Posted in Family, Personal life

A Brush with Illness

While I’m struggling to detangle her long, thick hair this morning, my small daughter reminds me that all definitions of illness are subjective.hairbrush

What seems a tolerable level of discomfort to one could cause another to hit the ibuprofen.  A stomach pain that tempts  a  hypochondriac to stalk his GP might be neglected for years by someone with an aversion to white coats, regardless of the potentially serious consequences.

We all have our strengths and weaknesses,  particular to our unique biochemical make-up.  We each have our own definition of acceptable and unacceptable suffering.  Therefore who am I to disagree with my daughter’s earnest and considered plea this morning, as she wriggles and jiggles beneath my determined hairbrushing?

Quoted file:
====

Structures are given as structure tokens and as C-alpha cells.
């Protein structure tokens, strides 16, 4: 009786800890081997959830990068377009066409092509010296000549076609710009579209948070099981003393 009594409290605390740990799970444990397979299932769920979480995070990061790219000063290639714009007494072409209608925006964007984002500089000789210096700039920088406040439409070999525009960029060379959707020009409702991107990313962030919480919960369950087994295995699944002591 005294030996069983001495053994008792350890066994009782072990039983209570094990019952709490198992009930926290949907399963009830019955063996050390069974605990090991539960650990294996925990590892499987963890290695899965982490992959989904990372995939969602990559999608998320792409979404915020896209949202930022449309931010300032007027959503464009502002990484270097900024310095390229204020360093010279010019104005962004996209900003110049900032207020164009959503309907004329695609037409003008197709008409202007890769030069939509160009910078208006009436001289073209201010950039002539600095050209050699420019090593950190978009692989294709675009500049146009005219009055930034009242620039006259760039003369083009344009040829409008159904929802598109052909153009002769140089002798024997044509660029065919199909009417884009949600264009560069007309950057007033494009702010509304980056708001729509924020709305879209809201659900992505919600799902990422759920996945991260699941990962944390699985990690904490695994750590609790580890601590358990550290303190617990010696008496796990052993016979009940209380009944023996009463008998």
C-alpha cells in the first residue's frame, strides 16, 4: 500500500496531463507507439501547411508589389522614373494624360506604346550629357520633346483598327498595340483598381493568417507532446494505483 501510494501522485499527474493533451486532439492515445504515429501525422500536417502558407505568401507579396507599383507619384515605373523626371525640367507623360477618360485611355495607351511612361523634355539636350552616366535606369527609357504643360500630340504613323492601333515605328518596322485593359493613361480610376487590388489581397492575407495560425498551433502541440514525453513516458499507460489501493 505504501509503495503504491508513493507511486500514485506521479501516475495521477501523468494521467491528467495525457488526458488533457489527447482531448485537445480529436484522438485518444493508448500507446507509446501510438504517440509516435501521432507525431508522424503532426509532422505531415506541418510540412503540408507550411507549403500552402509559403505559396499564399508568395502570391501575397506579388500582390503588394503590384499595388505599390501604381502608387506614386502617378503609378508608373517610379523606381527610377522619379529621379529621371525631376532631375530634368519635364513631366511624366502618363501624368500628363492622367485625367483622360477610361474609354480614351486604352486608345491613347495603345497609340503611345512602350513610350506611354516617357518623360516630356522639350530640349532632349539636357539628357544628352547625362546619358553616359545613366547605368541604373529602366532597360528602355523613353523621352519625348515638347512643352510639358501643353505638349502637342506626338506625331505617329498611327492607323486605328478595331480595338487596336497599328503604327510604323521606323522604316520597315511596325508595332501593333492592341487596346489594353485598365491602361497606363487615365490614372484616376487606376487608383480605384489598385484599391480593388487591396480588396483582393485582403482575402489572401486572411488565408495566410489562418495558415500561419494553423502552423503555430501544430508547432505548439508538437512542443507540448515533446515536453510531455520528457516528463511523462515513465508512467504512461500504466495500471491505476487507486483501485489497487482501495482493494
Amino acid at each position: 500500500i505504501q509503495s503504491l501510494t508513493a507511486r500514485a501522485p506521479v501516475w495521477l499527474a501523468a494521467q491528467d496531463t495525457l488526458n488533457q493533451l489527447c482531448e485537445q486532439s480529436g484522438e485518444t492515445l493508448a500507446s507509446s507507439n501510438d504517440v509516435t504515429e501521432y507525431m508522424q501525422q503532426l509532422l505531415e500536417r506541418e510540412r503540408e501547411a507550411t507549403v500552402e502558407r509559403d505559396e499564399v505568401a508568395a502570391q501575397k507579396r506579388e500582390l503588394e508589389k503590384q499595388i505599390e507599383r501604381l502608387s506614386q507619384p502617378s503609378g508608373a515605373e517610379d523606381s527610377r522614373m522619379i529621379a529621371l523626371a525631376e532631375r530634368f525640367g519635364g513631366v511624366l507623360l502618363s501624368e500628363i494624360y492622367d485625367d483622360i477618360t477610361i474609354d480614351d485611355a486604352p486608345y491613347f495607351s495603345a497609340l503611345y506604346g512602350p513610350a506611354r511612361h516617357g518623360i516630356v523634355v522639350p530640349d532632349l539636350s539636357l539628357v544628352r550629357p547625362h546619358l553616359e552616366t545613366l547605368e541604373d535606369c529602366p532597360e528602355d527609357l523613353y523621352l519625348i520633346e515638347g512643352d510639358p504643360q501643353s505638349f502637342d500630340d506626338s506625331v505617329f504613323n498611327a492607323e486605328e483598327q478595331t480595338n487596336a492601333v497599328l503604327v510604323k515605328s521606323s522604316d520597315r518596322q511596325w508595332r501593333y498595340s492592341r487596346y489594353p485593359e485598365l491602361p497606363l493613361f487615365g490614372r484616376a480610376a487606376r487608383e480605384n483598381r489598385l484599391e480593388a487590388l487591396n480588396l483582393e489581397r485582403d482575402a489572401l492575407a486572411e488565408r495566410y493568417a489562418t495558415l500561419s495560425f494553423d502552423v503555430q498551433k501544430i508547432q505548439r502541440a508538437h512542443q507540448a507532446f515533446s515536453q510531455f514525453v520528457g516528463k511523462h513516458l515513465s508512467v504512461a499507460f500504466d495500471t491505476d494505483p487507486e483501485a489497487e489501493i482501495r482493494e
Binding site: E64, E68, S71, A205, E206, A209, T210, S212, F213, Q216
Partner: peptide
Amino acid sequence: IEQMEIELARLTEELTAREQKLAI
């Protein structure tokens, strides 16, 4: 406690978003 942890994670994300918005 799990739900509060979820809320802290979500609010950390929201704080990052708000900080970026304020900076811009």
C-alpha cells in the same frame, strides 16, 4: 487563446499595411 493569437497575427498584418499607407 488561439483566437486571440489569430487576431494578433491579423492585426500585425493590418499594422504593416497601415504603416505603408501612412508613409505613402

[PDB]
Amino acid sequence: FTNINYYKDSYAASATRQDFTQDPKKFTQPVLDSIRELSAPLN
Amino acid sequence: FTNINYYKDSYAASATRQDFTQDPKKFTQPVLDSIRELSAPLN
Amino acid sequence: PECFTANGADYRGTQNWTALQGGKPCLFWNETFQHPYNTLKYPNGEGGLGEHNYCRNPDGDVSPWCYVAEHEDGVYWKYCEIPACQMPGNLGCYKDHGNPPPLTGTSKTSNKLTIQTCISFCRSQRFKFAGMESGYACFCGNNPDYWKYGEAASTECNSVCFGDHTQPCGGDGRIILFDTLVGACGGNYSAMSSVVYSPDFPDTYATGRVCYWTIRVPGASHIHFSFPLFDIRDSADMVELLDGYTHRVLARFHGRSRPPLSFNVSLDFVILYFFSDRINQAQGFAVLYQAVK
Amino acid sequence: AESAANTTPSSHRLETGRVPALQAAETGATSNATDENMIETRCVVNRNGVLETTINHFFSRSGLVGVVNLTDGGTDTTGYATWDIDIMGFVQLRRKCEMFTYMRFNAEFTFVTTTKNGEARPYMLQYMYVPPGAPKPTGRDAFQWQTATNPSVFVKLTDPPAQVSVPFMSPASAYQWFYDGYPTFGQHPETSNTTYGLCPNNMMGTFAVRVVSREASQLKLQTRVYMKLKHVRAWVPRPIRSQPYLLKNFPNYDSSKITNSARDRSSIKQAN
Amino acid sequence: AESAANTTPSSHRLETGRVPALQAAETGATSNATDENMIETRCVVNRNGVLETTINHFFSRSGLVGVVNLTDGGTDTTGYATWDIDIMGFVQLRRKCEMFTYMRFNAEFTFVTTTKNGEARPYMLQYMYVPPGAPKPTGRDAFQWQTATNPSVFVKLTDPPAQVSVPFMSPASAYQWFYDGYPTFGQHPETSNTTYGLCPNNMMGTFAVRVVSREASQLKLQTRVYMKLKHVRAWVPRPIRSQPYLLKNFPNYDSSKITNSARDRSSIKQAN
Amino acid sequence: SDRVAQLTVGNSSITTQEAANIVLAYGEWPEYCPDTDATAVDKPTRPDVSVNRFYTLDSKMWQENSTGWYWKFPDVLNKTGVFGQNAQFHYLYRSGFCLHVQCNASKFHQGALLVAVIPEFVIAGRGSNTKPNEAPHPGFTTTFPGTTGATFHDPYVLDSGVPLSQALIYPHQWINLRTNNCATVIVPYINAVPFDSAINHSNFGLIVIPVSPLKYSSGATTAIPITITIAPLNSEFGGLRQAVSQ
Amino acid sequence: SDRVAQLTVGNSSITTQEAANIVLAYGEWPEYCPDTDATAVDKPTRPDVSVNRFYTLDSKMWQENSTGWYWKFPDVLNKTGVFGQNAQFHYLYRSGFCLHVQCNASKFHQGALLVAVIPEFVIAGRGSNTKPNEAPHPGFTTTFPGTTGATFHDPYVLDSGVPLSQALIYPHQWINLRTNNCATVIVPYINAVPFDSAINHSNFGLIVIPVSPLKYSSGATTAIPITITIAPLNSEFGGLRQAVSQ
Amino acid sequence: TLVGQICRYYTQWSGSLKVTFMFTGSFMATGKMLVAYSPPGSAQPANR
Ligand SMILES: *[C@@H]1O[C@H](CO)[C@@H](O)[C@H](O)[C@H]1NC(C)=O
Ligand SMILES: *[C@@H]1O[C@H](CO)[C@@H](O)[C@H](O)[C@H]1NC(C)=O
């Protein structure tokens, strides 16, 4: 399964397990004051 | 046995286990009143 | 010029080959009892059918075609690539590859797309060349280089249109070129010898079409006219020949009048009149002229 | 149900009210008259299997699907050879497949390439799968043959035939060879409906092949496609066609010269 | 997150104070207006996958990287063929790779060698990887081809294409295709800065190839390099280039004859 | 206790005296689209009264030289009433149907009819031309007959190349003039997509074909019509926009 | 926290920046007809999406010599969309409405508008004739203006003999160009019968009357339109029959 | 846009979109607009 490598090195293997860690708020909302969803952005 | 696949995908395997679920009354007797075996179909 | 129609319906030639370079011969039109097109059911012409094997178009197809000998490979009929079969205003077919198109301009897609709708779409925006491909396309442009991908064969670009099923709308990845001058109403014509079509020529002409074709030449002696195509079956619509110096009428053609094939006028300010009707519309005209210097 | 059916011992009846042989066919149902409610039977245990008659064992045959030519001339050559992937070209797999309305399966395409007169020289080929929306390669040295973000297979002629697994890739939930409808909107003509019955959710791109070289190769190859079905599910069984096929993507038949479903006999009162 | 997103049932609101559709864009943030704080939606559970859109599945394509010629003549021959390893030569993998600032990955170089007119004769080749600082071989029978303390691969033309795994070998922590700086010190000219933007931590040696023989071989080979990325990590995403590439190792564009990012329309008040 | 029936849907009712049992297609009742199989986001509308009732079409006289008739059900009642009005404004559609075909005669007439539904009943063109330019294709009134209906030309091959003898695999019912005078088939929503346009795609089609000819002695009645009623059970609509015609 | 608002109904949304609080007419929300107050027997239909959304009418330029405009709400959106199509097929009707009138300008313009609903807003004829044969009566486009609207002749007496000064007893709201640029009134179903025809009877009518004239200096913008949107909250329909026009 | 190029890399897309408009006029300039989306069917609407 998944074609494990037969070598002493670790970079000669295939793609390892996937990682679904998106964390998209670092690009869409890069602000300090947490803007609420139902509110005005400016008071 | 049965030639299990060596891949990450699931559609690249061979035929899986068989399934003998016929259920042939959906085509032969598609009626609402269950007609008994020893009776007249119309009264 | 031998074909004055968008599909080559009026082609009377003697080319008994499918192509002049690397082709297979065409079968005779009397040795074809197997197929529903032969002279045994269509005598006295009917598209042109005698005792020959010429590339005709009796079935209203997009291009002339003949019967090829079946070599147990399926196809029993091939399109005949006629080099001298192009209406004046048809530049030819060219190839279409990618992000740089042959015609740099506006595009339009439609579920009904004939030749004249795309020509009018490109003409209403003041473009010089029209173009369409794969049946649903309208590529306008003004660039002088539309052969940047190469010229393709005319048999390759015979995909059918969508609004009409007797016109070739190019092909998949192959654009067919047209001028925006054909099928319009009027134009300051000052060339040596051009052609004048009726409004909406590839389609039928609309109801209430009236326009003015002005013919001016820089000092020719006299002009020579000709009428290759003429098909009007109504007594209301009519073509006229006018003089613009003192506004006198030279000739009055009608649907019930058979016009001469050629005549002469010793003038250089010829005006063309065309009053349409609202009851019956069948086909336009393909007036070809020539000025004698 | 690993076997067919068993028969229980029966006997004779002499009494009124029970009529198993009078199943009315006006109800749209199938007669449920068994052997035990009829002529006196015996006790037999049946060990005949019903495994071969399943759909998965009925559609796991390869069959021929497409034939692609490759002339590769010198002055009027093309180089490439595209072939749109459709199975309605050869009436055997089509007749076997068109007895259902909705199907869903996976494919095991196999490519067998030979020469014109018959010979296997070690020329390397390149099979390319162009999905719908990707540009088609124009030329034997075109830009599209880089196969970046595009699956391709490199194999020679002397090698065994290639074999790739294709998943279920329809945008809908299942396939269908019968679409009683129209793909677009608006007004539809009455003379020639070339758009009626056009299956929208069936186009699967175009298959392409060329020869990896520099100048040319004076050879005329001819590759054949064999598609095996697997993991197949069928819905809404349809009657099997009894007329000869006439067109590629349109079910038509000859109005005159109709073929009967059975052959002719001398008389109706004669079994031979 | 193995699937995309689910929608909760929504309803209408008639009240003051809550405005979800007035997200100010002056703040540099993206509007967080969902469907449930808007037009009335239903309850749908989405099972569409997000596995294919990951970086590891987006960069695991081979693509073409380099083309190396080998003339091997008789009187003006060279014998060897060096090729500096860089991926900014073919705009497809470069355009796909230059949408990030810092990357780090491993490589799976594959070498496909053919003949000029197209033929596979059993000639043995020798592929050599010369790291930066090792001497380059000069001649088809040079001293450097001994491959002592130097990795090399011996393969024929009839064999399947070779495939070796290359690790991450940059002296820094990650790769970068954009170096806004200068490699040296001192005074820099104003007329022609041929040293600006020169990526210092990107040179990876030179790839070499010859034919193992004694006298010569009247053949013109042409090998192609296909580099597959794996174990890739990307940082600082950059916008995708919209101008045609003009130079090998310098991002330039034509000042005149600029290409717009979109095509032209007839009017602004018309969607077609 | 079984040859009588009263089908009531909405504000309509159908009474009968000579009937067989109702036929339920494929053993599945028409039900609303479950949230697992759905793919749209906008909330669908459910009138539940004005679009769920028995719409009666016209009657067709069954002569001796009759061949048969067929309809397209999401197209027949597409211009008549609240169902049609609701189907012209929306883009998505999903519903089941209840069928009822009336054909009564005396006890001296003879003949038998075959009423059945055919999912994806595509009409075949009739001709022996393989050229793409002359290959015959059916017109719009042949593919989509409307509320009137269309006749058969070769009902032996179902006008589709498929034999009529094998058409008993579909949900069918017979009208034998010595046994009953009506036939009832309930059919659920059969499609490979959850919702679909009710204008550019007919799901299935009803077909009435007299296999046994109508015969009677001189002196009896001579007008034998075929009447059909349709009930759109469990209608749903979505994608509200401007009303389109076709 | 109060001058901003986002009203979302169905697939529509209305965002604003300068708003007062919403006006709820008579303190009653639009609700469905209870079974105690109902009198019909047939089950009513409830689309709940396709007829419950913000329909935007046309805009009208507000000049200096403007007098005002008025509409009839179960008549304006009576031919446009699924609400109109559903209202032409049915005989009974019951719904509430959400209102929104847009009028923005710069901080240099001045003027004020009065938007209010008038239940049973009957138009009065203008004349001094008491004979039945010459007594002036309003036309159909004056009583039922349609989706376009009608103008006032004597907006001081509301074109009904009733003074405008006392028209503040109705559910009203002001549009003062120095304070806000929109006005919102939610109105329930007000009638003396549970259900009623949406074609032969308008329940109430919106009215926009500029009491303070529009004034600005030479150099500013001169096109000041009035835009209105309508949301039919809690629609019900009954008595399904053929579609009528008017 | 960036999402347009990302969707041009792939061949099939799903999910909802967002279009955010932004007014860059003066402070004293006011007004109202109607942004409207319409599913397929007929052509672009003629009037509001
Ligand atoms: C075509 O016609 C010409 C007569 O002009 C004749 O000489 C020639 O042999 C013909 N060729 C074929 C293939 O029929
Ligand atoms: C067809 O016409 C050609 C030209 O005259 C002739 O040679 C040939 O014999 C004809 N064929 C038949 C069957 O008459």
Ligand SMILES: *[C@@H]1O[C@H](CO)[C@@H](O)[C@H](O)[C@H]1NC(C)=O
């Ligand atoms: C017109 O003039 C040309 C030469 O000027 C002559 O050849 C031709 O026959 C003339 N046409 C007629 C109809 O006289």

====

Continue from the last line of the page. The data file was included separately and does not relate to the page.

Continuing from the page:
“Mummy, I really think you ought to make a doctor’s appointment about the muscles in your hands, to find out why your finger keeps going in my eye.”

Author:

Author of warm, witty and gently funny fiction and non-fiction, including the popular Sophie Sayers Village Mystery series, beginning with "Best Murder in Show", inspired by her life in an English Cotswold community, short stories and essays about country life. As Commissioning Editor for the Alliance of Independent Authors' Advice Centre, she writes guidebooks authors. She speaks at many literature festivals and writing events, and is part of BBC Radio Gloucestershire's monthly Book Club broadcast. She is founder and director of the free Hawkesbury Upton Literature Festival which takes place in April, a member of the Romantic Novelists' Association, and an ambassador for children's reading charity Read for Good and the Type 1 diabetes charity JDRF.

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